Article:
Equipment is leased for $100,000 per year. Running at full capacity, 50,000 units may be produced. The company estimates that 40,000 units will be produced and sold next year. What is the predetermined overhead rate?


TraditionalMethod

$100,000

40,000

=

= $2.50 per unit

Capacity Method

$100,000

50,000

=

= $2.00 per unit

An Example

Equipment is leased for $100,000 per year. Running at full capacity, 50,000 units may be produced. The company estimates that 40,000 units will be produced and sold next year. What is the predetermined overhead rate?


Quick Check 

Crest Winery in Woodinville leases an automatic corking machine for $100,000 per year. If run at full capacity, it can cork 50,000 cases of wine per year. The company estimates 40,000 cases of wine will be produced and sold next year. What is the predetermined overhead rate based on the estimated number of cases of wine?

a. $2.00 per case.

b. $2.50 per case.

c. $4.00 per case.


Quick Check 

Crest Winery in Woodinville leases an automatic corking machine for $100,000 per year. If run at full capacity, it can cork 50,000 cases of wine per year. The company estimates 40,000 cases of wine will be produced and sold next year. What is the predetermined overhead rate based on the estimated number of cases of wine?

a. $2.00 per case.

b. $2.50 per case.

c. $4.00 per case.


Quick Check 

Crest Winery in Woodinville leases an automatic corking machine for $100,000 per year. If run at full capacity, it can cork 50,000 cases of wine per year. The company estimates 40,000 cases of wine will be produced and sold next year. What is the predetermined overhead rate based on the number of cases of wine at capacity?

a. $2.00 per case.

b. $2.50 per case.

c. $4.00 per case.


Quick Check 

Crest Winery in Woodinville leases an automatic corking machine for $100,000 per year. If run at full capacity, it can cork 50,000 cases of wine per year. The company estimates 40,000 cases of wine will be produced and sold next year. What is the predetermined overhead rate based on the number of cases of wine at capacity?

a. $2.00 per case.

b. $2.50 per case.

c. $4.00 per case.


Quick Check 

When capacity is used in the denominator in the predetermined rate, what happens to the predetermined overhead rate as estimated activity decreases?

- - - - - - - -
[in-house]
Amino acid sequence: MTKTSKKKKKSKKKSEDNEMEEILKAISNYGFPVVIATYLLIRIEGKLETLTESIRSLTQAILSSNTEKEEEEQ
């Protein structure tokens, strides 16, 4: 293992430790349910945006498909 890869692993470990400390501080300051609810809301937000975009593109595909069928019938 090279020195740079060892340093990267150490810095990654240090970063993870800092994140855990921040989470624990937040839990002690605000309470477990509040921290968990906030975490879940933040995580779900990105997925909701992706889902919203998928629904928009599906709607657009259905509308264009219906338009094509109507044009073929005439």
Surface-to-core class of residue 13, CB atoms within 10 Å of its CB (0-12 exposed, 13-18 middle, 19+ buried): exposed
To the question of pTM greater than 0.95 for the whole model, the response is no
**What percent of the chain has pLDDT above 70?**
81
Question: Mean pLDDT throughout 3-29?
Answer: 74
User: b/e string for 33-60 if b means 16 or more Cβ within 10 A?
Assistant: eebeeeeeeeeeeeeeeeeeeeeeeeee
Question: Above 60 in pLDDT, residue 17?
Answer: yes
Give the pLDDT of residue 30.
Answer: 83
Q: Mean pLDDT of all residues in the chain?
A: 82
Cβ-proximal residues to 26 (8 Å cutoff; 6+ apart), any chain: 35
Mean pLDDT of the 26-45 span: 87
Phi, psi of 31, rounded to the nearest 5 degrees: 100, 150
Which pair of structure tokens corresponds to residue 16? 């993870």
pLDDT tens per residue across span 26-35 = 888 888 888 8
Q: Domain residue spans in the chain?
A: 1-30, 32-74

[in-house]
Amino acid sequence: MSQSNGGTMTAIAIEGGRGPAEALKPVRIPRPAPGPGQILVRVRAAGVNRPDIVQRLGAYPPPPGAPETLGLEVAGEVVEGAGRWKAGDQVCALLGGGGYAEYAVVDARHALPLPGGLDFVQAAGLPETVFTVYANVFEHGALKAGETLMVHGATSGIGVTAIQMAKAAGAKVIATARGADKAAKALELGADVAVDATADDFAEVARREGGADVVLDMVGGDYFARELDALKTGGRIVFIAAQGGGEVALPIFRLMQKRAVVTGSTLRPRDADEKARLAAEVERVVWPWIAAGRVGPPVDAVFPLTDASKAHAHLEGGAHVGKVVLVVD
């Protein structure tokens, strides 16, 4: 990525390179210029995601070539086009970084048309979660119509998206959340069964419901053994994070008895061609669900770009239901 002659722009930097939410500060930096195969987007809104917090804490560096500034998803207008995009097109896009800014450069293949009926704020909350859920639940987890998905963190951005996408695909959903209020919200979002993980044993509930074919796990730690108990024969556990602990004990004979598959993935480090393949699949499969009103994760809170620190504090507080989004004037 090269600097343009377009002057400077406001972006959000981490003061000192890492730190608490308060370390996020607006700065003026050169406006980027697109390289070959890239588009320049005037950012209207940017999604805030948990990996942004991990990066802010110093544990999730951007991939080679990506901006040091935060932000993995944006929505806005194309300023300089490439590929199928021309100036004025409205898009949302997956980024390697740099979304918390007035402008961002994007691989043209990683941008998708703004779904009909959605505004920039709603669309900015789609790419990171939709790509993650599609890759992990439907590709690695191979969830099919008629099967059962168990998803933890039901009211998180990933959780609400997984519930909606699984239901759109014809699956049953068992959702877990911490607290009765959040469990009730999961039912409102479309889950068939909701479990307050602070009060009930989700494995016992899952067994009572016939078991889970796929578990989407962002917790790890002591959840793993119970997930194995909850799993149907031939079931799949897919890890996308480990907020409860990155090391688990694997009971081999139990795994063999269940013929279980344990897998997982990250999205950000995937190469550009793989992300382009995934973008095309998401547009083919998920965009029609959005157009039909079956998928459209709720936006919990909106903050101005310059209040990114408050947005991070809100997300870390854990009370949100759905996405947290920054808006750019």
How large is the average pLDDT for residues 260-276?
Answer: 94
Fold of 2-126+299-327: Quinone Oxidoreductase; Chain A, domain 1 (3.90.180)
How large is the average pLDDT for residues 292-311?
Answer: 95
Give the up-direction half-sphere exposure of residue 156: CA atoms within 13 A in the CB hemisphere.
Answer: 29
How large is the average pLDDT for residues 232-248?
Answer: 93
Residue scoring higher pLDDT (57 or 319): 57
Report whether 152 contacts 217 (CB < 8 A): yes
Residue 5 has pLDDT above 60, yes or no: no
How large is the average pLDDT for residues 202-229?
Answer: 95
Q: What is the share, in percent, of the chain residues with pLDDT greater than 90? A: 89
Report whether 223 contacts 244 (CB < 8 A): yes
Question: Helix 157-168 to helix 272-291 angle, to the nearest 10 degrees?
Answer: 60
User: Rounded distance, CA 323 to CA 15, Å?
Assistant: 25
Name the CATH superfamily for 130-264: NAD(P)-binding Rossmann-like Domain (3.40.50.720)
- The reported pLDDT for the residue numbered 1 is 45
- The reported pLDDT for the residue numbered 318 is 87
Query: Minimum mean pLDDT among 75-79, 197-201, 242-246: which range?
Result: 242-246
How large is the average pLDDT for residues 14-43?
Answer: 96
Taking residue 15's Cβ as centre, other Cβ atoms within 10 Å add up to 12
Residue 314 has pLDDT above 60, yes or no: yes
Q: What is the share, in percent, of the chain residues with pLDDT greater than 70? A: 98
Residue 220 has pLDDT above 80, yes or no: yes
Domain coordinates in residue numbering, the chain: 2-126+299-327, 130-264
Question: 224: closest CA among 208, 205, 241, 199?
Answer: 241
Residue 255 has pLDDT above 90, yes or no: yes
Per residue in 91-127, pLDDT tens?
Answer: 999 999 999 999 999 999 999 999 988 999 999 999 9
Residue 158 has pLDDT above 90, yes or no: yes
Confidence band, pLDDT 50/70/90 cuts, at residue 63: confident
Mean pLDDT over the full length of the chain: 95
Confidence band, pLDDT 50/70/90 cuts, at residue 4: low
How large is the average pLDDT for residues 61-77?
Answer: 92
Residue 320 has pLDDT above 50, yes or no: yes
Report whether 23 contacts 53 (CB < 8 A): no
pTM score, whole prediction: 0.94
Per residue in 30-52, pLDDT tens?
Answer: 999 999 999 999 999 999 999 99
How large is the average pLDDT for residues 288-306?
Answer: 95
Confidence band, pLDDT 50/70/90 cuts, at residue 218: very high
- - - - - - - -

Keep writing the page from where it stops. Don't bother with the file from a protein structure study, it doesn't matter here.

a. The predetermined overhead rate goes up when activity goes down.

b. The predetermined overhead rate stays the same; it is not affected by changes in activity.

c. The predetermined overhead rate goes down when activity goes down.


Quick Check 

When capacity is used in the denominator in the predetermined rate, what happens to the predetermined overhead rate as estimated activity decreases?

a. The predetermined overhead rate goes up when activity goes down.

b. The predetermined overhead rate stays the same; it is not affected by changes in activity.

c. The predetermined overhead rate goes down when activity goes down.


Quick Check 

When estimated activity is used in the denominator in the predetermined rate, what happens to the predetermined overhead rate as estimated activity decreases?

a.The predetermined overhead rate goes up when activity goes down.

b.The predetermined overhead rate stays the same; it is not affected by changes in activity.

c.The predetermined overhead rate goes down when activity goes down.


Quick Check 

When estimated activity is used in the denominator in the predetermined rate, what happens to the predetermined overhead rate as estimated activity decreases?

a.The predetermined overhead rate goes up when activity goes down.

b.The predetermined overhead rate stays the same; it is not affected by changes in activity.

c.The predetermined overhead rate goes down when activity goes down.


Basing the rate on capacity


Basing the rate on expected volume


End of Chapter 3